Having eaten Bambino Gelato followed closely by Mini Melts I really wanted something salty. I found it at Cobs, where I tried sea salt popcorn and discovered the joy of cheddar cheese popcorn that tastes like cheese Twisties. Fantastic!

Cobs popcorn

By this time we were starting to think a Good Food and Wine Show trolley (AU$30) might be a good idea. We chose a black one and packed up all our booty into it.

Good Food and Wine Show trolleys - purple, red, blue and black

At the Wine & Truffle Co there was a large truffle on display, apparently worth approximately AU$1000. Jac called it “the big poo you’ll definitely want to photograph”. :P

A big truffle

At the Kikkoman stall, we sampled tender pieces of chicken freshly cooked with honey and soy marinade, and tried a number of different soy sauces, including my favourite, a citrus ponzu sauce.

Kikkoman soy sauce samples

At the Luv A Duck stand, we got to try succulent roast duck and potatoes freshly roasted in duck fat. There was no chance I could take photos of those free samples, because the minute they were placed on the counter, swarms of people arrived to snap them up! There’s no way I’d get between a hungry mob and potatoes roasted in duck fat!

Luv A Duck

You could buy yourself duck fat in a tub to take home. Believe me, I was tempted! I’ve said “duck fat” a lot, haven’t I? I love saying it! Duck fat, duck fat, potatoes roasted in duck fat!

A tub of duck fat

Jac usually has a very low tolerance for crowds. I was worried initially that she’d get cranky being among hoards of people. Some areas were more congested than others due to the popularity of the booths (Harvey beef being an example, where people lined up for steak sandwiches), but it wasn’t too bad the day we were there, perhaps because it was a week day.

Good Food and Wine Show Perth

It was a shame we were too full to contemplate eating at The Fifth Leg restaurant. Each of the celebrity chefs has devised a menu – starter, main course and dessert. We had originally planned to eat lunch there but hadn’t thought we’d be so full from the cooking class. I laughed at the placement of the toilet signage in the photo below. The arrow is actually pointing behind the restaurant, but it looks more like it’s pointing at Gary Mehigan’s booth. Very appetising!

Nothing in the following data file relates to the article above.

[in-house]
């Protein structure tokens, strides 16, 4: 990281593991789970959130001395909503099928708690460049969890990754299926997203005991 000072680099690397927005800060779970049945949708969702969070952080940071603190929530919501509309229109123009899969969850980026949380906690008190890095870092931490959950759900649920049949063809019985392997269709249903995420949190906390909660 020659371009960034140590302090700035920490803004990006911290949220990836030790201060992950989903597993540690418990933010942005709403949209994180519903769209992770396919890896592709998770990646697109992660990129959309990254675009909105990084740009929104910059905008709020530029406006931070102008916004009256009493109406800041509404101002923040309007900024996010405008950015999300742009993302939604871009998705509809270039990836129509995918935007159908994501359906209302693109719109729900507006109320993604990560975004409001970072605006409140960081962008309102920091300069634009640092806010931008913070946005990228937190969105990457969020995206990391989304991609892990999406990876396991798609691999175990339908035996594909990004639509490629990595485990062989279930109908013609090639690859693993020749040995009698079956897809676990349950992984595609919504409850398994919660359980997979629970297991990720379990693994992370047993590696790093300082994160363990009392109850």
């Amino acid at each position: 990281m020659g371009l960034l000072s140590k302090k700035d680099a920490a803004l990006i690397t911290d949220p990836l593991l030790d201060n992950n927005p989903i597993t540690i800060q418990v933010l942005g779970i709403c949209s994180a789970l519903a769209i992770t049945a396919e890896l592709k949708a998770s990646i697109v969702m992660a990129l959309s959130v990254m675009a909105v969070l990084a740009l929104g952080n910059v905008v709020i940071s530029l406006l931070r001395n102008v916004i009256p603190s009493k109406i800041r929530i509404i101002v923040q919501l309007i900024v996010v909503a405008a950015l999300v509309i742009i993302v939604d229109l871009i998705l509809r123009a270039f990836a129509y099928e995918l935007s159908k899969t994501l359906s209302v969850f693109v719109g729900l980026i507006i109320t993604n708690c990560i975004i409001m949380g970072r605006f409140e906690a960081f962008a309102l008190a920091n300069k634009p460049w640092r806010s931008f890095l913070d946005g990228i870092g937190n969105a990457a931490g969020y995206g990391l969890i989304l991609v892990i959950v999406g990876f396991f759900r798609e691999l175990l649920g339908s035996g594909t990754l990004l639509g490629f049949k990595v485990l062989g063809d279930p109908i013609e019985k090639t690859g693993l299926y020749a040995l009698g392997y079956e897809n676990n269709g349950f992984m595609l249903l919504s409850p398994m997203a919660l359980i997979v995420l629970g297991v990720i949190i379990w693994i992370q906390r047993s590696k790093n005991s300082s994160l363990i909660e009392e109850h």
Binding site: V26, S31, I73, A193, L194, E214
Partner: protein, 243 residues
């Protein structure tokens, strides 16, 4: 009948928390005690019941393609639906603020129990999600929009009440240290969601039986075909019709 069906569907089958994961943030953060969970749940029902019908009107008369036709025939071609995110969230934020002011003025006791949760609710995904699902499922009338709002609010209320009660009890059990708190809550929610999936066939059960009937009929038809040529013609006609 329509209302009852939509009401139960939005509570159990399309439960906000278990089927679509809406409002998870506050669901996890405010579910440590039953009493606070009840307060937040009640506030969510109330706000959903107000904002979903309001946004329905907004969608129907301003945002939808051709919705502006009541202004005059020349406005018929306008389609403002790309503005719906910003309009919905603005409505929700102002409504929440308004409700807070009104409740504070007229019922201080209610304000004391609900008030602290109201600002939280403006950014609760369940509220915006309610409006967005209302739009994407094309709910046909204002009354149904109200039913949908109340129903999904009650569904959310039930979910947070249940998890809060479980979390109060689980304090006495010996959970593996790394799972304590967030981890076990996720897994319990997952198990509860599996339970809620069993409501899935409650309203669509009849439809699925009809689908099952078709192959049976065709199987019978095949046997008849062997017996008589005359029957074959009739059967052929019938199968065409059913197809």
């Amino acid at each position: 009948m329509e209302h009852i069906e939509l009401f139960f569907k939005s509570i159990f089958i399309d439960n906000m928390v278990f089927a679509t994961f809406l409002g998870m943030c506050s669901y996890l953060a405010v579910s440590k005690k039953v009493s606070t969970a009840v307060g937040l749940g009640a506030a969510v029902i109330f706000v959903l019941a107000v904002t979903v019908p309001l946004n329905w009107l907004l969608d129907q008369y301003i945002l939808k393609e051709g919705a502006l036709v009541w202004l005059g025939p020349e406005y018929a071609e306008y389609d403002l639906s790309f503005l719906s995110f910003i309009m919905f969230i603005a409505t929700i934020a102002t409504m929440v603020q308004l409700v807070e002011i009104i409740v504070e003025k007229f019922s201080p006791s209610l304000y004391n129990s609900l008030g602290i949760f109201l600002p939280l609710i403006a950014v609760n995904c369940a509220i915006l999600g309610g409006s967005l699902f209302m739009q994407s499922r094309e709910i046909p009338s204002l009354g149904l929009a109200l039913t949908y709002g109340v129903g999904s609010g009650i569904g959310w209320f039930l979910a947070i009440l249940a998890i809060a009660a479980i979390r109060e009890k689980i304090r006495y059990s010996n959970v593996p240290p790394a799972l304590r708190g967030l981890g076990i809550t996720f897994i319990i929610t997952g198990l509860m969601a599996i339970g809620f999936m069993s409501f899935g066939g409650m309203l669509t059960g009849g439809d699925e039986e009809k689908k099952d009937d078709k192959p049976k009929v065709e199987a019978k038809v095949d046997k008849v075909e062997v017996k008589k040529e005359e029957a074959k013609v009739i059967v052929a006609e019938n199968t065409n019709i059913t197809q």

The Fifth Leg Restaurant entrance

There was a booth selling cooking appliances and gadgets. I was drawn to the shiny Kitchenaid display. Maybe someday I’ll have my own Kitchenaid mixer.

When I grow up, I want Kitchenaid stuff

If I get a Kitchenaid mixer, it will probably be red. Everyone knows red goes faster! If you look really closely you may see little me in my red denim jacket, reflected in the silver mixing bowl as I took its photograph.

Self portrait in Kitchenaid

Smallgoods of the Riverland, the stall with the longest salamis. “I hope you’re not putting that photo on the Internet,” the man said. “But don’t you want people to see the photo, think ‘those salamis look good’ and then come to the Show and check out your products?” I asked. “Good point,” he said. That’s one thing I think a lot of business owners are yet to realise – there is nothing to fear from bloggers with cameras, people! If you have confidence in your product and your business, why be paranoid? It’s free advertising, after all.

Smallgoods of the Riverland

At Mahogany Creek Distributors there was a delectable selection of Goanna Gourmet meat and chutney samples to try.

Mahogany Creek - Goanna Gourmet

The booth was very popular as you could sample smoked emu, smoked turkey breast, emu and Illiwarra plum sausage, kangaroo and riberry sausages, and crocodile and lemon myrtle sausages. Jac fell instantly in love with the smoked emu and urged me to try some. It was very good. It was the first time I’d eaten emu.